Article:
I should have jumped up & down but I didn't...................I just didn't know at the time.
Such is life. Did I learn anything..................nope.
In the late '70's I bought a '66 - '67 Fender Tele Custom from my God Mother's Son...............& traded that in on a Kramer Aluminum (Aluminium here) Neck job in around 1983.............straight trade for $450.
My last interesting story was in 1976, I was living in Yugoslavia for ~ 6 months, after living in Germany for 6 months, prior to going back to Australia. I had an Ibanez Les Paul Custom (3 PU's) with me at the time & a Fender Twin Reverb.
At the time Guitars were hard to come by in Yugoslavia, so a young man who lived in my Grandmother's town who in his early 20's, sold his Fiat 500 & slapped the money on the table............& bought that Guitar.
Life is full of interesting stories & I am sure the Guitars in the Museum you guys have put together have many interesting stories to tell, similar to ours.
Or you would have traded it to the twins for a cool moped
Is that old '62 still in Sweden? Is it in the museum?
Haha, yeah, you know how stuff works around here Tom.
The Strat is in Sweden but not with the brothers.
My wife, my young son and myself just returned from a last minute trip to visit the museum for its grand opening. I am so very proud to have been asked to display a guitar there for its grand opening.
I have been wanting to visit my friend Magnus and see beautiful Sweden for quite a while, so I figured what better time than now?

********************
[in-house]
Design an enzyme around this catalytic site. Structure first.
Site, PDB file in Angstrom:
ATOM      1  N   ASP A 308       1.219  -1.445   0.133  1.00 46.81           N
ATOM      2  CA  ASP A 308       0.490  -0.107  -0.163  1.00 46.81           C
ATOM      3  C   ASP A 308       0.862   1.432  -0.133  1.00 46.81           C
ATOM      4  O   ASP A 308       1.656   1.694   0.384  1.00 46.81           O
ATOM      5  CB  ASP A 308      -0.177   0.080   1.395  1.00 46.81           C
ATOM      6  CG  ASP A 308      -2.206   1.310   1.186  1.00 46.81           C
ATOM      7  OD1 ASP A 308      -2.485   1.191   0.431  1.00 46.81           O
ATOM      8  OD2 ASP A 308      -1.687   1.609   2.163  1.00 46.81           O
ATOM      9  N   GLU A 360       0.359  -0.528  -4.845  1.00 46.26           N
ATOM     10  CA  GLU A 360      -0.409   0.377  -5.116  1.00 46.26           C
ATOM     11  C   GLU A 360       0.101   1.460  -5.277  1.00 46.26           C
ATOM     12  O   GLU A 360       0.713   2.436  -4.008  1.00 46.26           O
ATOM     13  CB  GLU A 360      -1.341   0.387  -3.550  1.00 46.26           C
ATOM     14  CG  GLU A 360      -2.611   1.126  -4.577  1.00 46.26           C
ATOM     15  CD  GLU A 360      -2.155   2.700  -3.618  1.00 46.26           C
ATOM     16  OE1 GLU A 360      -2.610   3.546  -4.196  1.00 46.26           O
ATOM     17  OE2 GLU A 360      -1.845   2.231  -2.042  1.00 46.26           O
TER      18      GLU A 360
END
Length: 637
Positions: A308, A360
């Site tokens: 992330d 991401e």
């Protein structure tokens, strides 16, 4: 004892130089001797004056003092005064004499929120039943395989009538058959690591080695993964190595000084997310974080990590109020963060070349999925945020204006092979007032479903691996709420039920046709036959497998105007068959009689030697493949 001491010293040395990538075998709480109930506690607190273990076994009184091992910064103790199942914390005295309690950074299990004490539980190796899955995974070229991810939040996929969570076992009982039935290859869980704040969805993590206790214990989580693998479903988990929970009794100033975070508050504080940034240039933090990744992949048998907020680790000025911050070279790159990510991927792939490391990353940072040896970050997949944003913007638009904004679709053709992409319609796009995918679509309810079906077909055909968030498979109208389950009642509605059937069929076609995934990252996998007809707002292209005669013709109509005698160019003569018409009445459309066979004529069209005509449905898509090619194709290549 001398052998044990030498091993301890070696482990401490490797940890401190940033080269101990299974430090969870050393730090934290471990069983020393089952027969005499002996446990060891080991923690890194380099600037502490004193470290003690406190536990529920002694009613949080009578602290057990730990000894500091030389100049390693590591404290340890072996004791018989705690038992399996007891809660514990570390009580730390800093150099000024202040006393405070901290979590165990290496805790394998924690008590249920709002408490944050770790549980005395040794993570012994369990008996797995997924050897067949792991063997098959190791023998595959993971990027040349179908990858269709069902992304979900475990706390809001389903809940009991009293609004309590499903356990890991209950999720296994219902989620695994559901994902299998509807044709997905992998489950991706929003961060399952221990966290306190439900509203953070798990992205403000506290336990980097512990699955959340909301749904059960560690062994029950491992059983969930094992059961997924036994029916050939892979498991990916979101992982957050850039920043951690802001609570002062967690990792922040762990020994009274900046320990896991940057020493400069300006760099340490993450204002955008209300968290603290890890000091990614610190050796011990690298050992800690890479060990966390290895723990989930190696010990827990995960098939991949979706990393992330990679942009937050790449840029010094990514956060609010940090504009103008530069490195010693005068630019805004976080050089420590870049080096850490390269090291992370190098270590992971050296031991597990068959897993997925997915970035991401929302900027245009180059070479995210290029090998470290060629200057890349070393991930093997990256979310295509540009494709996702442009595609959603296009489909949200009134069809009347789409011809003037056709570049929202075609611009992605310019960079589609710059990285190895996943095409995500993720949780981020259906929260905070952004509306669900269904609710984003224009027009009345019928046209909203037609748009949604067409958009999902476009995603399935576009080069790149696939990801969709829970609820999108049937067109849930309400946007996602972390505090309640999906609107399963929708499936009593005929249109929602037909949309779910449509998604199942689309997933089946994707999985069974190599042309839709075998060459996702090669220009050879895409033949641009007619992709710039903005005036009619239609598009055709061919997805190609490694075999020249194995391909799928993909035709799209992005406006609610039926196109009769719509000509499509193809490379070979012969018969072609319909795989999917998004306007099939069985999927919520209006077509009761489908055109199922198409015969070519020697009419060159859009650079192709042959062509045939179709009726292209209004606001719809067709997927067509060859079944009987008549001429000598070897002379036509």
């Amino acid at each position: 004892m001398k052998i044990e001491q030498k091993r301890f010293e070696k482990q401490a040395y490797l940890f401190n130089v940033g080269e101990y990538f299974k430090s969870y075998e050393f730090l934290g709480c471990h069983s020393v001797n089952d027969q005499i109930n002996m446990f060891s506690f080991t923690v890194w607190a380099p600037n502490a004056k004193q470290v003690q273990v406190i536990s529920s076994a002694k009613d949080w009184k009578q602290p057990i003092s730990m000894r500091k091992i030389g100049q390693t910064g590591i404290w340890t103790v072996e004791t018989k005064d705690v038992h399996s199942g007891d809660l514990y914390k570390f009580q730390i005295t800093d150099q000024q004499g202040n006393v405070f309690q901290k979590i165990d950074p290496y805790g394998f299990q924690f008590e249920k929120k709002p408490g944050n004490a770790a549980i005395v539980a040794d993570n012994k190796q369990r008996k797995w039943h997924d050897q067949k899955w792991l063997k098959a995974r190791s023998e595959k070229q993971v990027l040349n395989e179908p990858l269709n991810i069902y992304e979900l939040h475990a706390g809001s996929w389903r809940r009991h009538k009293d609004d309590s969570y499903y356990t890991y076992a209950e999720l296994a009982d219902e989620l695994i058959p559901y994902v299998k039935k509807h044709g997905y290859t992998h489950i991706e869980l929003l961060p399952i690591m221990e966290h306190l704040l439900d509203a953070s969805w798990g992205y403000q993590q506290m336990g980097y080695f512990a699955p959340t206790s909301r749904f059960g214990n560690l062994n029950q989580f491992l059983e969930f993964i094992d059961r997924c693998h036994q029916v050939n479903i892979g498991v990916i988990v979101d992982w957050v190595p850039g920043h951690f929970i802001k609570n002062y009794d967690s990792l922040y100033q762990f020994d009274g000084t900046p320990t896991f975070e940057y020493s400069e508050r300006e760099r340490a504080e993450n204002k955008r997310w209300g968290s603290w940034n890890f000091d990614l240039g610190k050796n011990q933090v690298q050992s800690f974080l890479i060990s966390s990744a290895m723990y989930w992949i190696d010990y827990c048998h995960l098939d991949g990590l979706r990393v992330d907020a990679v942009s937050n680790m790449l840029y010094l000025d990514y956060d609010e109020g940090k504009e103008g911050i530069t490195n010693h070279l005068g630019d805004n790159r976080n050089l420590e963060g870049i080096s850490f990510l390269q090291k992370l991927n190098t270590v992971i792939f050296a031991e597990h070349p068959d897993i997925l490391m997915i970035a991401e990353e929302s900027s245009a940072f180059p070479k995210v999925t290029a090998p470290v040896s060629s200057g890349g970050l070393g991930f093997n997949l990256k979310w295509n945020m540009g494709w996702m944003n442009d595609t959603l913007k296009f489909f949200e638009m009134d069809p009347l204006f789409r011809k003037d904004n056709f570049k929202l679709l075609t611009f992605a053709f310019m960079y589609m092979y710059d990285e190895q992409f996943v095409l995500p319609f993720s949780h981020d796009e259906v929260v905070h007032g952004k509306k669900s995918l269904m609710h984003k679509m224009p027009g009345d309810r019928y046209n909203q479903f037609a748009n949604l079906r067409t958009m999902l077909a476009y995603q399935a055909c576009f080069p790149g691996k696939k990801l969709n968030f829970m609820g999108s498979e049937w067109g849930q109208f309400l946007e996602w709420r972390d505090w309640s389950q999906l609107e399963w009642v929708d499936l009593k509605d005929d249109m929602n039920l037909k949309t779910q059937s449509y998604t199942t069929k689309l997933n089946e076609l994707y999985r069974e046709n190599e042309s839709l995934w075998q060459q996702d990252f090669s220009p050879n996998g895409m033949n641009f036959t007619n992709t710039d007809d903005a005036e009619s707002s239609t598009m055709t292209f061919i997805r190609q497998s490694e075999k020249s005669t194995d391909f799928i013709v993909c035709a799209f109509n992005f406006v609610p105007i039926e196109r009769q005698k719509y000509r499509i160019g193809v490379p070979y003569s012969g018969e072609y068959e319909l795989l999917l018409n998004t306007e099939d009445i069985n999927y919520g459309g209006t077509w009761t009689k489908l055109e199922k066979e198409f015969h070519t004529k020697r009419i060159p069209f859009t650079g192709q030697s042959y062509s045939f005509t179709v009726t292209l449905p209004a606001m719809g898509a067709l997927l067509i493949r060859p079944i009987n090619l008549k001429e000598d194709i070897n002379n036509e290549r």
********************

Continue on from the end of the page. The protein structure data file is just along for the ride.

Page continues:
I can say that it really is mind blowing to see so many rare instruments in one place. Each guitar has a story about it that makes it unique among others of its kind, Getting to talk with Michael and Sam about them was a treat I will never forget.
What tops it all off is the extreme attention to detail in all regards. The display cases are perfectly executed and highlight the guitars so well. There is even a display showing how both a fender and a Les Paul are made, including the raw lumber and parts all the way up to the finished product.
There is also an old garage where you could actually plug into working vintage amps and have a jam session right there. Tools hanging on the walls and even a small block 350 on an engine stand in the corner, just the way we all probably started in our first bands in our parents garage..except awesome!
Oh, and there is a real pawn shop in the museum where you can buy and sell instruments.
Downstairs there is a bar and restaurant, and even a venue for live shows.
It really has to be seen to be believed. I've never dreamed of something this cool for guitar nuts.
The town of Umeå itself is a great town to visit as well, so there is more than just the museum to see here. It's right on the water and really is pretty. We spent a few days in Umeå then took a very short flight down to Stockholm and spent several days enjoying that wonderful city.
Here are a few shots we snapped along the way.
Here we are in Brussels. It was surprisingly easy to talk my wife into travelling 6500 kilometres across an ocean to see a building full of old guitars.. just tell her you're taking her on a European vacation worked like a charm!
When we first arrived. Magnus didn't know we were even coming so it was a real treat to surprise him out of the blue I've known him for years, but we've never actually met in person.